Latrobe Magnesium Limited (ASX:LMG) has made broad progress developing its magnesium demonstration plant in partnership with Mincore engineering consultants, completing early site works and continuing to dial-in the design and engineering aspects with the help of Mincore and the CSIRO.
Alongside aiding in the design of the plant, Mincore has commenced the tendering of the smelter equipment package to the market, entering discussions with five pre-approved companies.
Mincore and LMG have awarded early site works for fencing, surveying, the reinstatement of electrical works and the refurbishment of the administration building at 320 Tramway Road. These works have now all been completed.
Mincore has been supporting LMG alongside CSIRO as the company tests new technologies to improve the existing processes, build prototypes and complete plant trial runs with varying operating parameters and conditions.
During the last quarter, Latrobe reduced the capital cost estimate of its 1,000 tonne per annum demonstration plant to $39 million. The project finance facility has a $3 million standby facility should the capital cost exceed the estimate.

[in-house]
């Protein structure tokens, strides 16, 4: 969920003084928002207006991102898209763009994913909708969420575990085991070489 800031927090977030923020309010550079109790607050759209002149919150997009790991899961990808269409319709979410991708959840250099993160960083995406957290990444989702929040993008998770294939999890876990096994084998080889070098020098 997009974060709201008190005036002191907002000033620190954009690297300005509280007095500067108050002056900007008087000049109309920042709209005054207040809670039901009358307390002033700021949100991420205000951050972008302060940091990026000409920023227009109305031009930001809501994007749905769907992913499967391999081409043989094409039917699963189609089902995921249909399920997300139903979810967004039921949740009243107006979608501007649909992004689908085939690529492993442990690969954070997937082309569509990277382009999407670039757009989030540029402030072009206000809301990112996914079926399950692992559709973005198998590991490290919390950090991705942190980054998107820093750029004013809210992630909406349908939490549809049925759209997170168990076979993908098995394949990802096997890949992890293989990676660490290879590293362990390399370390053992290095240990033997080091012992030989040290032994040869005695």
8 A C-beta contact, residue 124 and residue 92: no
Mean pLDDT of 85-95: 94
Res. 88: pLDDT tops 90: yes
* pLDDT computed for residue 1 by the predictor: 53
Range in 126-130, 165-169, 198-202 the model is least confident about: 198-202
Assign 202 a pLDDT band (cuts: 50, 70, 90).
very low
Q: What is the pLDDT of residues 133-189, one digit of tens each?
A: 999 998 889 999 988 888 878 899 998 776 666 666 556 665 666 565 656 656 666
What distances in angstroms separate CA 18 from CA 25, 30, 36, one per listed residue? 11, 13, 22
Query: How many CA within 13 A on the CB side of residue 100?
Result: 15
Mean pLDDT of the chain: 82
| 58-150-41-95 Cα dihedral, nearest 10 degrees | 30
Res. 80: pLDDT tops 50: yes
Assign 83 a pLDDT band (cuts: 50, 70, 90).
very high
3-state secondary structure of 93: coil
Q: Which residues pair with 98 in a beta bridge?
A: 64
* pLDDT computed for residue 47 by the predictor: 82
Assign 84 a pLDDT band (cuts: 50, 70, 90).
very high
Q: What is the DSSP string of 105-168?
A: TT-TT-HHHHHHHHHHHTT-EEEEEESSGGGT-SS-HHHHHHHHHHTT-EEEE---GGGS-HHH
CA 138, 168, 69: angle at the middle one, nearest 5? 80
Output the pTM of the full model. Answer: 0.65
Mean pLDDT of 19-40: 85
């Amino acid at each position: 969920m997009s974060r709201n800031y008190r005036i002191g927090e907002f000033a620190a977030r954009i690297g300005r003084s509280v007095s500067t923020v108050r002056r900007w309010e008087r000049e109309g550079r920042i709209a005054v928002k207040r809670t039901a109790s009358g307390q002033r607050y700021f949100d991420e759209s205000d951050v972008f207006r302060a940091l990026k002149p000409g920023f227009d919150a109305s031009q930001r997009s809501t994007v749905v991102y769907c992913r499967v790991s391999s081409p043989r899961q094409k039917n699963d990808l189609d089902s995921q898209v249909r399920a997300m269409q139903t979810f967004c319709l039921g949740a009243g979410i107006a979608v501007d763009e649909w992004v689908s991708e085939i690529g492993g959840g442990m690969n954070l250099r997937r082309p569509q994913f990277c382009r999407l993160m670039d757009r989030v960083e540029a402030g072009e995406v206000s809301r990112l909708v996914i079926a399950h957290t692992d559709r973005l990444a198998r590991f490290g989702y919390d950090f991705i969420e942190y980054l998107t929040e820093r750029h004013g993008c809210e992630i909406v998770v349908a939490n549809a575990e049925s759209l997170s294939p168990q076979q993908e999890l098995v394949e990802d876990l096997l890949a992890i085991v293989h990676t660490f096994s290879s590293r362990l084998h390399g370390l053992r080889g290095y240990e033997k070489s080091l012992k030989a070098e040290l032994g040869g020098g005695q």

The remaining cost also includes a $3 million contingency. The extra funds will be used for working capital and to assist with the financing of the studies required for the 10,000 tonnes per annum and 100,000 tonnes per annum plants.
In the quarter LMG received a research and development tax rebate of $814,413. The company also raised $14.5 million over two heavily oversubscribed placements, leaving the company with just over $10 million in cash and about seven quarters worth of available funding.
China supply squeeze
On September 17, 2021, Chinese authorities ordered the closure of 18 magnesium plants in Shaanxi, with a further 30 other plants reduced to 50% capacity from September 17 to the end of December 2021.
Shaanxi produces approx. 65% of the world’s production, meaning that the supply of magnesium to the rest of the world was severely affected.
Consequently, the magnesium price trebled, and magnesium users have been looking for alternative major suppliers, which currently do not exist.
Due to this situation, LMG has opted to bring forward the development of its 100,000-tonne-per-annum plant using ferro nickel slag as its feedstock.